Friday, February 6, 2015

The Problem with Destiny

destiny |ˈdestinē|
noun (pl. destinies)
1:  something to which a person or thing is destined 2:  a predetermined course of events often held to be an irresistible power or agency

Destiny is one of those words usually associated with positive, wistful ideas like the romantic – a couple destined to be together, or a professional accomplishment – destined for greatness.  We’d all like to be destined for something wonderful and incredible, and we’d all like to think that if we can be true to ourselves, that if we can be steadfast, somehow destiny will take the reigns and lead us right where we need to ultimately end up-that place that answers the questions we all ask, “Why am I here?  Why was I born?  What’s my purpose in life?”

Most of us spend our lives chasing the idea of our own destinies, grappling at the grand possibilities that we believe they may hold.  If we’re lucky, we find that destiny and we cross our fingers, close our eyes and pray that it really is that awesome.  And then, there are some, who know that their destinies don’t include the white picket fence, or a platinum selling album, and they run from them.

… a predetermined course of events often held to be an irresistible power or agency.

The problem with destiny is that it implies that we have no choice in what our future holds for us.  It suggests that we’re stuck with that particular destiny, whether we want it or not.  For example, I was destined to meet my now ex-husband.  Hindsight being what it is, we never should’ve gotten married in the first place, but the result of that union was our daughter, who would’ve never been born had the two of us not fallen into the trap of destiny. 

In my new novel, Daughter of Gods and Shadows, Eden Reid, the heroine, is born into a destiny she would never have chosen for her self.  From the very beginning, she was told the stories of whom she was and why she had been born (or in her case, reborn), so seeking out her destiny was never the issue.  She had been spoon- fed it all of her life. 

In the story, her caregiver, Rose who raised her, taught her the story of the great ancient alien being, Mkombozi the Redeemer of her world, Theia.  Mkombozi had been tasked with saving her world from the Demon, Sakarabru, who threatened to conquer all of Theia.  In order to become powerful enough to defeat the Demon, Mkombozi needed to bond with the Omens, a dangerous undertaking in and of itself.  She not only survived making the bonds, but she destroyed the Demon, and also her world and herself.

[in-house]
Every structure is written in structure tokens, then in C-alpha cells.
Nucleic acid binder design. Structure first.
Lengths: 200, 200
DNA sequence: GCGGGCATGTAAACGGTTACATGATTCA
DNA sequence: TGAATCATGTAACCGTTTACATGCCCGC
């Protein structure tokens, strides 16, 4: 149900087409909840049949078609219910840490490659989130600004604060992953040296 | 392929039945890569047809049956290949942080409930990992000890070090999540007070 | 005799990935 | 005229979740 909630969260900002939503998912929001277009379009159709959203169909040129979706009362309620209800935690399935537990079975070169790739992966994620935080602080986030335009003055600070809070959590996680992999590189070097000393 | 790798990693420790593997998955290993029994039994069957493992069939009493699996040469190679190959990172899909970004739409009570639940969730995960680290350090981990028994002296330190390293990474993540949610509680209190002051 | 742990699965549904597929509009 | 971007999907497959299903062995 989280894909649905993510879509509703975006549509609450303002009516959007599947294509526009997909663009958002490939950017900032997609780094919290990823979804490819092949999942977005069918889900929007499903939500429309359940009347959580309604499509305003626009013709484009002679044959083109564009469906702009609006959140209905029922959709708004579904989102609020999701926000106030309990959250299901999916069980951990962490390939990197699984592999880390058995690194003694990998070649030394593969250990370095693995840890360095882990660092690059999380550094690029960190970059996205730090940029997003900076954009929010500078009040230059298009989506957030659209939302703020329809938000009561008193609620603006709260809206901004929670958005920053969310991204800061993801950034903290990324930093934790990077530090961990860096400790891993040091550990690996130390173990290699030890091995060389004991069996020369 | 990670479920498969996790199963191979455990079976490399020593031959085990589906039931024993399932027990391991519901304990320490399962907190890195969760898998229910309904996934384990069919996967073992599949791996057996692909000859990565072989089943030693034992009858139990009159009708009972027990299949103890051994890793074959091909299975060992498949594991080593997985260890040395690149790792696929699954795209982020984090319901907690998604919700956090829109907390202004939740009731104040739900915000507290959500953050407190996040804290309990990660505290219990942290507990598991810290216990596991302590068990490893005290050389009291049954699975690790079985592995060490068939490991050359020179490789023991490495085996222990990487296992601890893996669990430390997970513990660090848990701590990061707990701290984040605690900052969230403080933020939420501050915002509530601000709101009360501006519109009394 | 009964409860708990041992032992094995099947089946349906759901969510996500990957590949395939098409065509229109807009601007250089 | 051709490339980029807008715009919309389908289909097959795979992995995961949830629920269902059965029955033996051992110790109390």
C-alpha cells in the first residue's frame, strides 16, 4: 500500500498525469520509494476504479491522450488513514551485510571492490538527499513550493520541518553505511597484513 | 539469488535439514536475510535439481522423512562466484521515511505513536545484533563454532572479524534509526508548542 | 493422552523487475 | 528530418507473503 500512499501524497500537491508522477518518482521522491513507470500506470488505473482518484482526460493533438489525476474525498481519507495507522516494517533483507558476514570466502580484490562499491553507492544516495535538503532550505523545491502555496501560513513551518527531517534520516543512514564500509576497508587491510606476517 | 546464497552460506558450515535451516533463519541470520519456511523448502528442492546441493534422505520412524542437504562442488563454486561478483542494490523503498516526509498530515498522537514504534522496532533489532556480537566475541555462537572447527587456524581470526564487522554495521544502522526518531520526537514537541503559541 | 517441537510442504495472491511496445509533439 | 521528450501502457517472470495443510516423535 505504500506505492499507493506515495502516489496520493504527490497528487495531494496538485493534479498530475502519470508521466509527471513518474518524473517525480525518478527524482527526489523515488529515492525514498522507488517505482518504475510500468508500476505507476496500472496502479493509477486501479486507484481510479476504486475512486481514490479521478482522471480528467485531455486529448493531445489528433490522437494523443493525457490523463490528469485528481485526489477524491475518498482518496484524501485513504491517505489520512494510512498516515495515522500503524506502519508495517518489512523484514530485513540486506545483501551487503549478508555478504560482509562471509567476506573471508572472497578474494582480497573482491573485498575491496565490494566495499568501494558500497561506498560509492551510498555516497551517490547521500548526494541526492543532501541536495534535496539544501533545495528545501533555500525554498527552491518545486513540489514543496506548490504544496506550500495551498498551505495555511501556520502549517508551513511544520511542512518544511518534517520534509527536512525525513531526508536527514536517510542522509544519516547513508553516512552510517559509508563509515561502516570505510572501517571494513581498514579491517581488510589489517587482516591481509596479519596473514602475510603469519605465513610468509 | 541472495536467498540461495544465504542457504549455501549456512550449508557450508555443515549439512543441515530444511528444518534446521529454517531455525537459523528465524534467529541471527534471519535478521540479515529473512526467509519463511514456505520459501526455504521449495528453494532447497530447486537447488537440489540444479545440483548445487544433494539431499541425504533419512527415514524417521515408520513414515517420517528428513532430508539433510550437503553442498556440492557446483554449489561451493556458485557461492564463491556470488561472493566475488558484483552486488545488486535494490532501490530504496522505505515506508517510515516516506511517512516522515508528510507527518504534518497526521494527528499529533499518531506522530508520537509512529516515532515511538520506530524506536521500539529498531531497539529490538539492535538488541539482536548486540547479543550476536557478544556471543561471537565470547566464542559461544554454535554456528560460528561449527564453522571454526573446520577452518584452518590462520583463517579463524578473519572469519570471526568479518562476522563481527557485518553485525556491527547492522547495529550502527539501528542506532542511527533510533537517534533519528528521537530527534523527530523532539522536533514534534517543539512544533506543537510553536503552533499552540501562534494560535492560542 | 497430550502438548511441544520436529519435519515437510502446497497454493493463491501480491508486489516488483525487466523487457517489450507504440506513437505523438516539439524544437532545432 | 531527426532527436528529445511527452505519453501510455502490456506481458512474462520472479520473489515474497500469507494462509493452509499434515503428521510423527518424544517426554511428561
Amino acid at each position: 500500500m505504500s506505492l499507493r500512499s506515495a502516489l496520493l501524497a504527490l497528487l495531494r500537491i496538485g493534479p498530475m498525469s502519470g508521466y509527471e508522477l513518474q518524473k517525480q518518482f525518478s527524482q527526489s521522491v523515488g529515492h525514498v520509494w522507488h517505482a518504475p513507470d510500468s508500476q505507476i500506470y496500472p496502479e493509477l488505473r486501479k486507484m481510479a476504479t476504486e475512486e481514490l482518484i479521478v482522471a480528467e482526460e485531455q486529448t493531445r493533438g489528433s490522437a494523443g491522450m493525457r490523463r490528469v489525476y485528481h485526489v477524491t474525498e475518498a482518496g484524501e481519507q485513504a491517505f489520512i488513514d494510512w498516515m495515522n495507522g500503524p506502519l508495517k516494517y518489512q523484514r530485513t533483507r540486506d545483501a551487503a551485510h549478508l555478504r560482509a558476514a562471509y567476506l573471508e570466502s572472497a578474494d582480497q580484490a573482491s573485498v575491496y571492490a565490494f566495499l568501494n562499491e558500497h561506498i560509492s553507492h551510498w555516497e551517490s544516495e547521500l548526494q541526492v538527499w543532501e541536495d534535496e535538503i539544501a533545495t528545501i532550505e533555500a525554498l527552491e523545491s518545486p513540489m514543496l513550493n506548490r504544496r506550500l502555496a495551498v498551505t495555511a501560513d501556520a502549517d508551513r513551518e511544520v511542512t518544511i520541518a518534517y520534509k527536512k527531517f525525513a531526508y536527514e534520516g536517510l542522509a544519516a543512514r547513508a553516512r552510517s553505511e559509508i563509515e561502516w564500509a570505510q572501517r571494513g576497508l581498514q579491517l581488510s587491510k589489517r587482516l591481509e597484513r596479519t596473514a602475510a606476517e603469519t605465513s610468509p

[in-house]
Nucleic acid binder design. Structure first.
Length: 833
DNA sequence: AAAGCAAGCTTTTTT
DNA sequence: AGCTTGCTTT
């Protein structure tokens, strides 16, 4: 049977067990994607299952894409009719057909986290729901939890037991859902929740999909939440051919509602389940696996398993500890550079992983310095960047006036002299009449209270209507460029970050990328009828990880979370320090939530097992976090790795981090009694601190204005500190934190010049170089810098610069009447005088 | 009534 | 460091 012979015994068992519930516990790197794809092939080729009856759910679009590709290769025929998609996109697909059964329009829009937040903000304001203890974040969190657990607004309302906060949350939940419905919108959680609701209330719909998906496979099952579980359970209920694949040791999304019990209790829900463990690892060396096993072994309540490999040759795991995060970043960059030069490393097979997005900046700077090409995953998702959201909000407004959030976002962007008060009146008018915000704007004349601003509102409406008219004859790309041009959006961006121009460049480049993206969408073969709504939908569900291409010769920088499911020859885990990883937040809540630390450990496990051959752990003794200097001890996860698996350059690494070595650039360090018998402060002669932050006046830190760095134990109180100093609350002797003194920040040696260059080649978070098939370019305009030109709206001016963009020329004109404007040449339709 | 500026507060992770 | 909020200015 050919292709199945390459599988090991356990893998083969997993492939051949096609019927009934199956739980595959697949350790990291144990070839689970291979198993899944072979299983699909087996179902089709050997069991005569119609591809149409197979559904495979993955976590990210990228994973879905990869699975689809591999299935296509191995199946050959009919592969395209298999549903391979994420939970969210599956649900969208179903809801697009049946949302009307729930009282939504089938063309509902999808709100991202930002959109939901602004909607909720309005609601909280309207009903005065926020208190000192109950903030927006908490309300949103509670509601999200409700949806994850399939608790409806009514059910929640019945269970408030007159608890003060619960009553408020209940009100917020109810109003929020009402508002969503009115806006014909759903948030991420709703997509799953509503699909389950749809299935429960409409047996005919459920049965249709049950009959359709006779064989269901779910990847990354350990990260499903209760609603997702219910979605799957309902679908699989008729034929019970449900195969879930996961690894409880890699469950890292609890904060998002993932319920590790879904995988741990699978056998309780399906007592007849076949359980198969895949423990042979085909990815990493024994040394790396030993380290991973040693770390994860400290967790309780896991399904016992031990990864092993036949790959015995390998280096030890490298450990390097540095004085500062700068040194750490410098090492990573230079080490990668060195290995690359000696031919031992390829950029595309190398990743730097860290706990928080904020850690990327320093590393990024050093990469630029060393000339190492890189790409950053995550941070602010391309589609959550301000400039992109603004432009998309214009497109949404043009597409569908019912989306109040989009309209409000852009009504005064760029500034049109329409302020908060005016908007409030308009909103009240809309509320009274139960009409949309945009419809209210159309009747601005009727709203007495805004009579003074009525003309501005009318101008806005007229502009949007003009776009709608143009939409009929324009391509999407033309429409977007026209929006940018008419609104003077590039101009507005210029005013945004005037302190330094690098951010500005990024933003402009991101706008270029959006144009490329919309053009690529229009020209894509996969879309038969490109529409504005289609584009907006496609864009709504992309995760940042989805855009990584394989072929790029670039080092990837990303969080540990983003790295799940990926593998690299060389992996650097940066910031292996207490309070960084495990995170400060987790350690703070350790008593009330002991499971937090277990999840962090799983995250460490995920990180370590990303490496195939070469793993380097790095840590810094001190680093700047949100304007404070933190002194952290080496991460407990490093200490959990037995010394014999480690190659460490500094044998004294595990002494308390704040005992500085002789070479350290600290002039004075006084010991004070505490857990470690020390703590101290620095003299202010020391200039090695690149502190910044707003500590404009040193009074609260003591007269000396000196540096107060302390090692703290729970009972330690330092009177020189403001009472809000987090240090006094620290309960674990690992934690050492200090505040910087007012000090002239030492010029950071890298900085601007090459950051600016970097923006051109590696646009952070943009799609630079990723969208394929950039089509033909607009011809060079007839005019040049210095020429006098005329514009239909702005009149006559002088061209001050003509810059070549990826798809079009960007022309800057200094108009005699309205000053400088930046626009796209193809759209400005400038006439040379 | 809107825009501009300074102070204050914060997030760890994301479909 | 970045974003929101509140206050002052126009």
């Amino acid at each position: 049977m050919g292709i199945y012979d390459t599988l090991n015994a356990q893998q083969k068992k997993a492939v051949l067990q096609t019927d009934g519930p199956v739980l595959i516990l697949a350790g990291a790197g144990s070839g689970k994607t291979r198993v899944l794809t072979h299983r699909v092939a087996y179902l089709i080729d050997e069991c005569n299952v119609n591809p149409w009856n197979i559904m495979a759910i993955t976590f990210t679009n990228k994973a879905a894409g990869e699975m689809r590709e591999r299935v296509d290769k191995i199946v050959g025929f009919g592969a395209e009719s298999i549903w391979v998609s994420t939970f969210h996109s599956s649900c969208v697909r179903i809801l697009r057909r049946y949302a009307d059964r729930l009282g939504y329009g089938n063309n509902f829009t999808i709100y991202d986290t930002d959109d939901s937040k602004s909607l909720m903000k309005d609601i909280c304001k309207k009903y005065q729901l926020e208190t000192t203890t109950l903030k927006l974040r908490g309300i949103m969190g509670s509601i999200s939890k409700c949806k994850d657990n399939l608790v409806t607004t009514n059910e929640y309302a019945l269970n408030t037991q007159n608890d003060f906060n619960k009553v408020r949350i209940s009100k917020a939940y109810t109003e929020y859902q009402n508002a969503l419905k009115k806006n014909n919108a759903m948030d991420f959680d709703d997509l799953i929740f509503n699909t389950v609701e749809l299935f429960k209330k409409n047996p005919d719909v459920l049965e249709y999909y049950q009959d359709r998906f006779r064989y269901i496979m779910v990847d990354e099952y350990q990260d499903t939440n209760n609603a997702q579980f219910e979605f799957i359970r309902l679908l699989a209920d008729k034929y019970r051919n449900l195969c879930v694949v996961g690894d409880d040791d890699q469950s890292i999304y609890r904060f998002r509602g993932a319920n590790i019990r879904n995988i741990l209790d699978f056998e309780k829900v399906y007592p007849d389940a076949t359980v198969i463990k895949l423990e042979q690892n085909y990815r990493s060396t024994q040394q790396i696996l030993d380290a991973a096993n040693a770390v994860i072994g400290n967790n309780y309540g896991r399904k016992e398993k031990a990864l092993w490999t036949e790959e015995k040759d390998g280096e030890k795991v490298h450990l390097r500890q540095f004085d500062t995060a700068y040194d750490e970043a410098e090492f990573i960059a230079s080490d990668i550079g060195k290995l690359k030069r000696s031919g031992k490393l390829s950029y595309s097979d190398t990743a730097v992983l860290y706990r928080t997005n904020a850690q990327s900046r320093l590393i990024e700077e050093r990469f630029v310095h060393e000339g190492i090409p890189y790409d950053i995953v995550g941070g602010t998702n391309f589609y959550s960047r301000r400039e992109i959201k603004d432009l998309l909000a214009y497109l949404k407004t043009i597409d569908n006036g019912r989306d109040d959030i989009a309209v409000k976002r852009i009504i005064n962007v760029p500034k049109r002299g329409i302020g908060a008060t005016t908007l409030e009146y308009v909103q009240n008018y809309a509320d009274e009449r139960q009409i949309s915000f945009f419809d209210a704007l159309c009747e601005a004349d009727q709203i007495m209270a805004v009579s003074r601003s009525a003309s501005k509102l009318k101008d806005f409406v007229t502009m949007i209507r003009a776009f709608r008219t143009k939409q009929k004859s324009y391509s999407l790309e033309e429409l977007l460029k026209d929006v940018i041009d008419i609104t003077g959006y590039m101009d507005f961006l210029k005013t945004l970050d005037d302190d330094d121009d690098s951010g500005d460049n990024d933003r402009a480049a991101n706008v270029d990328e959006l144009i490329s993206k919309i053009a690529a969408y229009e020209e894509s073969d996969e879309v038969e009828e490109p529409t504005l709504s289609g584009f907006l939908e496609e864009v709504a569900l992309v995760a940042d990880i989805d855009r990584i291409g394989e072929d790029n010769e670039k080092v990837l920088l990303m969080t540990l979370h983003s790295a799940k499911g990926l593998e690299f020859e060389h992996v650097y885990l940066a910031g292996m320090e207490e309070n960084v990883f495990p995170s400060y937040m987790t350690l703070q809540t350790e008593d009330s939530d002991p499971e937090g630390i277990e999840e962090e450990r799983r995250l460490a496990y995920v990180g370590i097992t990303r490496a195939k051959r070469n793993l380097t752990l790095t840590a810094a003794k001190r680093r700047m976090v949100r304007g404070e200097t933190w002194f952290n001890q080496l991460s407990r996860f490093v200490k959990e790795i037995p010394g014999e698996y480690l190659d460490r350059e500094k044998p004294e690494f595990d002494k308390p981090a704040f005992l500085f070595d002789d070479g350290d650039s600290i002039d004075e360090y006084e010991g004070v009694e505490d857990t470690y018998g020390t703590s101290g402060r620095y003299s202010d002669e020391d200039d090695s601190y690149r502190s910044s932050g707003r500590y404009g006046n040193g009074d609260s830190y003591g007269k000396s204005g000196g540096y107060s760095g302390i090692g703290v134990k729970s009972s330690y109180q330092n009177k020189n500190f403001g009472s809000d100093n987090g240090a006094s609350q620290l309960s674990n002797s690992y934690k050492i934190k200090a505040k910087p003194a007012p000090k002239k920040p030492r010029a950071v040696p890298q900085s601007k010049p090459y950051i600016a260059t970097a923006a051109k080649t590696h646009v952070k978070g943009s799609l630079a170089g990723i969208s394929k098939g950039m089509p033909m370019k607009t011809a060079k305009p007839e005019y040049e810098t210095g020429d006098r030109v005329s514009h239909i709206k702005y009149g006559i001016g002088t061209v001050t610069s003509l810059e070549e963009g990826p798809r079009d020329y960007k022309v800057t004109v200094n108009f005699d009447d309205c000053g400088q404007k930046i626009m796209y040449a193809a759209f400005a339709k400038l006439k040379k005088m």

Those ancients who survived made Earth their home and learned to live among humans, hiding the nature of who and what they really were.  But a prophecy foretold of the return of the Demon, and since only the Redeemer could destroy him, it became necessary to resurrect Mkombozi’s essence here in this world.  Eden Reid is that resurrected being.

The stories of Mkombozi and of Sakarabru terrify Eden, who wants nothing to do with this so-called destiny of saving the world—her world.  Being the author, I have an intimate relationship with my characters and I know what’s going on inside their heads.  I understand their thoughts, motivations, reservations, fears, and joys.  And with Eden, I have a deep understanding of her reasons for not wanting to embrace her destiny.

Not all destinies are good.  Not all destinies are bright.  Some are downright terrifying and in Eden’s case, knowing that she is going to have to face this great horror, and that she alone is responsible for the salvation of not only the world, but perhaps even the universe is beyond overwhelming for this 24 year old woman.  She is Mkombozi reborn, but she is also 4000 years removed from her former self, and her life, in addition to being shaped by the stories told to her by her caregiver, has also been shaped by hip-hop, Starbucks, and reality television.   She refused to succumb to this destiny and fights tooth and nail to try and create one of her choosing, a simpler one, with a husband, maybe a few kids, and a dog.

Despite her best efforts to avoid her destiny, while running away, Eden crashes right into it.  It didn’t matter how far she ran or how fast, her destiny was always there, on the fringes, surrounding her and closing in around her. 

Jean de La Fontaine, a 17th century poet said, “A person often meets his destiny on the road he took to avoid it.”

Not everyone believes in destiny.  I don’t necessarily believe it until I’m actually in the middle of living it (i.e., the ex-husband example).  Destiny, in so many ways, robs us of our power.  It negates our best laid plans, and makes us slaves to unavoidable outcomes.  Choice, having and making choices for our lives, is the mastery of living.  I guess, what I believe the most is that we choose as often as we can.  We master our lives to the fullest extent possible, but when destiny comes into the picture, we gird up our loins, hang on, and choose to meet it head on.

© Jayde Brooks, February 4, 2015

No comments:

Post a Comment